Monday, April 19, 2010

Publishers Should Address State Tax Exposure Regarding the New Agency Pricing Model

As discussed in eBooknewser on April 16, and in TechFlash on April 15, Amazon is now allowing some publishers to set their own prices on e-books sold for the Kindle.  The agency pricing model creates new responsibilities for some publishers in connection with state tax.  Publishers with agency agreements with Apple and Sony, the other main players in the e-book market, also face state tax ramifications stemming from agency pricing agreements.

A publisher becomes a retail seller required to collect and remit sales and use tax on all sales of digital books in each state where digital books are taxable and in which the publisher has nexus.  At this point, of the 45 states and the District of Columbia that impose sales tax, only 24 states actually tax digital products.  But that number is likely to increase as states search for additional revenue.

Another effect of the agency model is that the publisher will be deemed to have nexus in each of the states where its agent—Amazon, Apple or Sony—has nexus in connection with its agency responsibilities of  selling and serving the sale of digital books by the publisher. See Scripto, Inc. v. Carson, 362 U.S. 207; 80 S. Ct. 619; 4 L. Ed. 2d 660 (1960).  But, not only should the publisher review nexus acquired through its arrangements with its e-book sellers, it must also consider nexus on a company-wide basis.  Under well-established U. S. Supreme Court precedent (see National Geographic Society v California Board of Equalization, 430 U.S. 551, 556; 97 S. Ct. 1386; 51 L. Ed. 2d 631 (1977), nexus is based on the activities of all divisions of a company.  Thus, even if the publisher’s activities with regard to print books are unrelated to its sales of digital books, and even though such sales are conducted by separate personnel from separate offices, the publisher will be required to collect sales and use tax on retail sales of e-books in each state in which its print division has nexus.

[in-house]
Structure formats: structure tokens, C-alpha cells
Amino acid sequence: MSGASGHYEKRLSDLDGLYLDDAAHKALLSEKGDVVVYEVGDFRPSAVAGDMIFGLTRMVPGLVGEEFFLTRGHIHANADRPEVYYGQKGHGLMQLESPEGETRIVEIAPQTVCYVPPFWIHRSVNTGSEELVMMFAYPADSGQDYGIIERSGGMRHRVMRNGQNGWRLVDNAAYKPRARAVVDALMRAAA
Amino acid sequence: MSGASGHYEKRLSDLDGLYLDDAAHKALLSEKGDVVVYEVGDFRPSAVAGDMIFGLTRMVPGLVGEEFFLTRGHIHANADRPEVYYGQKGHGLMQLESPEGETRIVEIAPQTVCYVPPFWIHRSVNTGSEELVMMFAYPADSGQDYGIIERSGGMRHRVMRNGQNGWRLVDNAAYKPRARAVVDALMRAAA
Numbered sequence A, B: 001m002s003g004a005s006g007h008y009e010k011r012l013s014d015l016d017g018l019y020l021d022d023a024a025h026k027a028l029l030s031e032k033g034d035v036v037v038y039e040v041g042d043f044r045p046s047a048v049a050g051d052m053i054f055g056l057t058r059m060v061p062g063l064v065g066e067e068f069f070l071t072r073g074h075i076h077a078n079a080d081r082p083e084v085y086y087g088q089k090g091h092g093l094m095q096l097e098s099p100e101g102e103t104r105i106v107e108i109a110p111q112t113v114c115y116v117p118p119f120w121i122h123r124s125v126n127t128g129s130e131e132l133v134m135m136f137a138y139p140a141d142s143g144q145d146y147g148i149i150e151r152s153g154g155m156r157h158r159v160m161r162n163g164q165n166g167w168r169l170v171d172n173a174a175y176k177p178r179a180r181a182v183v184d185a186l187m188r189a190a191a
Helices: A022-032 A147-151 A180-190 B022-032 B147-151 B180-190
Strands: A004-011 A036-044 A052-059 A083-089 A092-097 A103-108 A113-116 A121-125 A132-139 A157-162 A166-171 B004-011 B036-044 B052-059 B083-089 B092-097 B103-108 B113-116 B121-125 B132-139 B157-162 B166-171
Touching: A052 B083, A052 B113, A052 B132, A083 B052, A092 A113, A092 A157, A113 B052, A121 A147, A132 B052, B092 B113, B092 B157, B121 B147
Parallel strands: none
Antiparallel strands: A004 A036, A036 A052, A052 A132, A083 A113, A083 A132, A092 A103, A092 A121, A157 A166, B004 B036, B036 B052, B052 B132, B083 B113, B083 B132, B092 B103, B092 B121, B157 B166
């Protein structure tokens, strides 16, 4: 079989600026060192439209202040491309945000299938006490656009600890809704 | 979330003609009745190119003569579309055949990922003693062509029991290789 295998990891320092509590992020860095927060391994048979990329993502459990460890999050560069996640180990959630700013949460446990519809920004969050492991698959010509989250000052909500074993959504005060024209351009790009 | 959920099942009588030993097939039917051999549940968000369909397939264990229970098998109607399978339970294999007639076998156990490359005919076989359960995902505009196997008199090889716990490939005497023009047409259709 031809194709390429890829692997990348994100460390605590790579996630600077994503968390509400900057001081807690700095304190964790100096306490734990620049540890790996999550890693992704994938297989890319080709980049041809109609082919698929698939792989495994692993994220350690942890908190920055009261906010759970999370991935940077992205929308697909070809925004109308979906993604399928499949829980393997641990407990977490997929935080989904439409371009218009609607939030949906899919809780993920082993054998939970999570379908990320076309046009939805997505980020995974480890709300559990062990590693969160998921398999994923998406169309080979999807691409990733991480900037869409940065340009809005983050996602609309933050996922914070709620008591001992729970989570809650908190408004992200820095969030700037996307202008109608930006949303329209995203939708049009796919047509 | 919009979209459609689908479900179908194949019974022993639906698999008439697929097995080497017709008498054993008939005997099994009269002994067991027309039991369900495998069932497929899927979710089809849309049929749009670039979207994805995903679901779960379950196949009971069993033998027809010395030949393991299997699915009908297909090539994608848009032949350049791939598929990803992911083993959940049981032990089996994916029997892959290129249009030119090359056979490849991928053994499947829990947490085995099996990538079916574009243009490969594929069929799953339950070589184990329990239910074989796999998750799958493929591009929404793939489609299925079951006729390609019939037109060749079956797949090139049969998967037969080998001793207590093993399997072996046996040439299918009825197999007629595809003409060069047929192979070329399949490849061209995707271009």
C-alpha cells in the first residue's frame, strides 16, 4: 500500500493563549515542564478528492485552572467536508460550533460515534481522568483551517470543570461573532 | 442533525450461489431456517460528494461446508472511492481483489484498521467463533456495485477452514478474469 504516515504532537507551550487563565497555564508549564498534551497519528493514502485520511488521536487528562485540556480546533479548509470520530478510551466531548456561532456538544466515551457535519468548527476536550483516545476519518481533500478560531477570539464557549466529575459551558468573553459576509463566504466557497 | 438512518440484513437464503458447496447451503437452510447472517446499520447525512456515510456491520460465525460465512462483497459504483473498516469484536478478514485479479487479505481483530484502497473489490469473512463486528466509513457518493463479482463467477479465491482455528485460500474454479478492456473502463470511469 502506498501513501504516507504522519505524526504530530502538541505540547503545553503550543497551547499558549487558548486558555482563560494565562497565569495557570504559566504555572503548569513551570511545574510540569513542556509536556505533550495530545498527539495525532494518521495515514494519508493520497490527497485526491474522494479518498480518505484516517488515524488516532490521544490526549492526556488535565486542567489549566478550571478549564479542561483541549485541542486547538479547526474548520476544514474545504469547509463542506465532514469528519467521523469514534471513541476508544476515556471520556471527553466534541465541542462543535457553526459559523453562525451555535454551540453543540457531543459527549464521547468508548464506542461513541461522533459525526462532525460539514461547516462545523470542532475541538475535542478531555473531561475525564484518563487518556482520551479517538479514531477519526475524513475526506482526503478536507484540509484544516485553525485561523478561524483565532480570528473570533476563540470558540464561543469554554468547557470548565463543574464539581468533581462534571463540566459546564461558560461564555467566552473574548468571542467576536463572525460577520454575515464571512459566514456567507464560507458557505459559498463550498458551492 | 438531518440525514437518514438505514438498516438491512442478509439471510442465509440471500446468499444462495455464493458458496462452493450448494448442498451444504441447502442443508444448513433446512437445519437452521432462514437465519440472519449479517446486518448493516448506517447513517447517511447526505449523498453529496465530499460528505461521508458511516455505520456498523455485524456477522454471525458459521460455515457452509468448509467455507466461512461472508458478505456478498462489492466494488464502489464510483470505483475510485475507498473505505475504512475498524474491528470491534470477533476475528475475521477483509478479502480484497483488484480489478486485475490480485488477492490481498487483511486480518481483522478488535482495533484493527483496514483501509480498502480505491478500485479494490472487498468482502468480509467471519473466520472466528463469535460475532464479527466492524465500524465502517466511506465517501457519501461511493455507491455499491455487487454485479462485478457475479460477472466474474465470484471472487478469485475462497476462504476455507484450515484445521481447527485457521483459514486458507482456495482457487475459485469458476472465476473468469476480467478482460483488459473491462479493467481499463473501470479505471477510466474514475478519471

Other state tax issues are raised by the new digital book model, as well.  Questions include whether the company will have nexus for income tax purposes and gross receipts tax purposes, and whether the protections of Public Law 86-272 will continue to be available.

There are certainly ways to reduce state tax exposure for publishers.  Thus, knowledgeable publishers are considering ways to mitigate state tax exposure before they launch full-scale the agency model.

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